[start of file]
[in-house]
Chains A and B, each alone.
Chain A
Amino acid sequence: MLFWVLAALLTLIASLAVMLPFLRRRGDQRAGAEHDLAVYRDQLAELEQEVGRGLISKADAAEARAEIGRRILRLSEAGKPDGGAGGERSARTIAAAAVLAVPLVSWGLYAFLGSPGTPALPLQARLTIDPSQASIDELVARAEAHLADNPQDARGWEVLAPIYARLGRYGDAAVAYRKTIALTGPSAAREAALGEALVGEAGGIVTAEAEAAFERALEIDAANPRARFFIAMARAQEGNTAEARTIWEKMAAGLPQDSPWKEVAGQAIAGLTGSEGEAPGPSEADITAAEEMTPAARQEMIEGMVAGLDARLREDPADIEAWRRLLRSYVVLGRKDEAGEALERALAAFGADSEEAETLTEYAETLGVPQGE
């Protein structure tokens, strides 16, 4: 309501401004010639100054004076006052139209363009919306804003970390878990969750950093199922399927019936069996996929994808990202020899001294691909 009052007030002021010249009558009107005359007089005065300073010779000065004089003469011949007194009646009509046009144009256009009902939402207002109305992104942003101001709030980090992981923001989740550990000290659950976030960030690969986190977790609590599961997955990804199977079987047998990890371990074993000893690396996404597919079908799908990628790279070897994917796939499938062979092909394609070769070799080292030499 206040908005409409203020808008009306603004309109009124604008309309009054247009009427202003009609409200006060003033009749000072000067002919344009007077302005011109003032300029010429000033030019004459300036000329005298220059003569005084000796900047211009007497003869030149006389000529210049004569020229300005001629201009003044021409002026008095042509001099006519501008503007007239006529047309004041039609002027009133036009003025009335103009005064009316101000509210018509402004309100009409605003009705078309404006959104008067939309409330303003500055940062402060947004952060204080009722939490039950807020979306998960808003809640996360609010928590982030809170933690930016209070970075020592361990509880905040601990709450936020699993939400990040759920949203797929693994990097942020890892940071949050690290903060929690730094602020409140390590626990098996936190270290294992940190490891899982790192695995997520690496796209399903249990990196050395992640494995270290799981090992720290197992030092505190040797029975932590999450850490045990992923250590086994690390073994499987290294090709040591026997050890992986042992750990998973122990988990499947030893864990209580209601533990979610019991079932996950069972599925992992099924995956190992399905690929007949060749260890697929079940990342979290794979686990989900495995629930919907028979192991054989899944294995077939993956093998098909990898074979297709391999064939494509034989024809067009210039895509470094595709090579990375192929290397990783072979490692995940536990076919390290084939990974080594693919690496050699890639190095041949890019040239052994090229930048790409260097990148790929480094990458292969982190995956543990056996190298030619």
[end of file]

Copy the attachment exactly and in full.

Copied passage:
[in-house]
Chains A and B, each alone.
Chain A
Amino acid sequence: MLFWVLAALLTLIASLAVMLPFLRRRGDQRAGAEHDLAVYRDQLAELEQEVGRGLISKADAAEARAEIGRRILRLSEAGKPDGGAGGERSARTIAAAAVLAVPLVSWGLYAFLGSPGTPALPLQARLTIDPSQASIDELVARAEAHLADNPQDARGWEVLAPIYARLGRYGDAAVAYRKTIALTGPSAAREAALGEALVGEAGGIVTAEAEAAFERALEIDAANPRARFFIAMARAQEGNTAEARTIWEKMAAGLPQDSPWKEVAGQAIAGLTGSEGEAPGPSEADITAAEEMTPAARQEMIEGMVAGLDARLREDPADIEAWRRLLRSYVVLGRKDEAGEALERALAAFGADSEEAETLTEYAETLGVPQGE
């Protein structure tokens, strides 16, 4: 309501401004010639100054004076006052139209363009919306804003970390878990969750950093199922399927019936069996996929994808990202020899001294691909 009052007030002021010249009558009107005359007089005065300073010779000065004089003469011949007194009646009509046009144009256009009902939402207002109305992104942003101001709030980090992981923001989740550990000290659950976030960030690969986190977790609590599961997955990804199977079987047998990890371990074993000893690396996404597919079908799908990628790279070897994917796939499938062979092909394609070769070799080292030499 206040908005409409203020808008009306603004309109009124604008309309009054247009009427202003009609409200006060003033009749000072000067002919344009007077302005011109003032300029010429000033030019004459300036000329005298220059003569005084000796900047211009007497003869030149006389000529210049004569020229300005001629201009003044021409002026008095042509001099006519501008503007007239006529047309004041039609002027009133036009003025009335103009005064009316101000509210018509402004309100009409605003009705078309404006959104008067939309409330303003500055940062402060947004952060204080009722939490039950807020979306998960808003809640996360609010928590982030809170933690930016209070970075020592361990509880905040601990709450936020699993939400990040759920949203797929693994990097942020890892940071949050690290903060929690730094602020409140390590626990098996936190270290294992940190490891899982790192695995997520690496796209399903249990990196050395992640494995270290799981090992720290197992030092505190040797029975932590999450850490045990992923250590086994690390073994499987290294090709040591026997050890992986042992750990998973122990988990499947030893864990209580209601533990979610019991079932996950069972599925992992099924995956190992399905690929007949060749260890697929079940990342979290794979686990989900495995629930919907028979192991054989899944294995077939993956093998098909990898074979297709391999064939494509034989024809067009210039895509470094595709090579990375192929290397990783072979490692995940536990076919390290084939990974080594693919690496050699890639190095041949890019040239052994090229930048790409260097990148790929480094990458292969982190995956543990056996190298030619």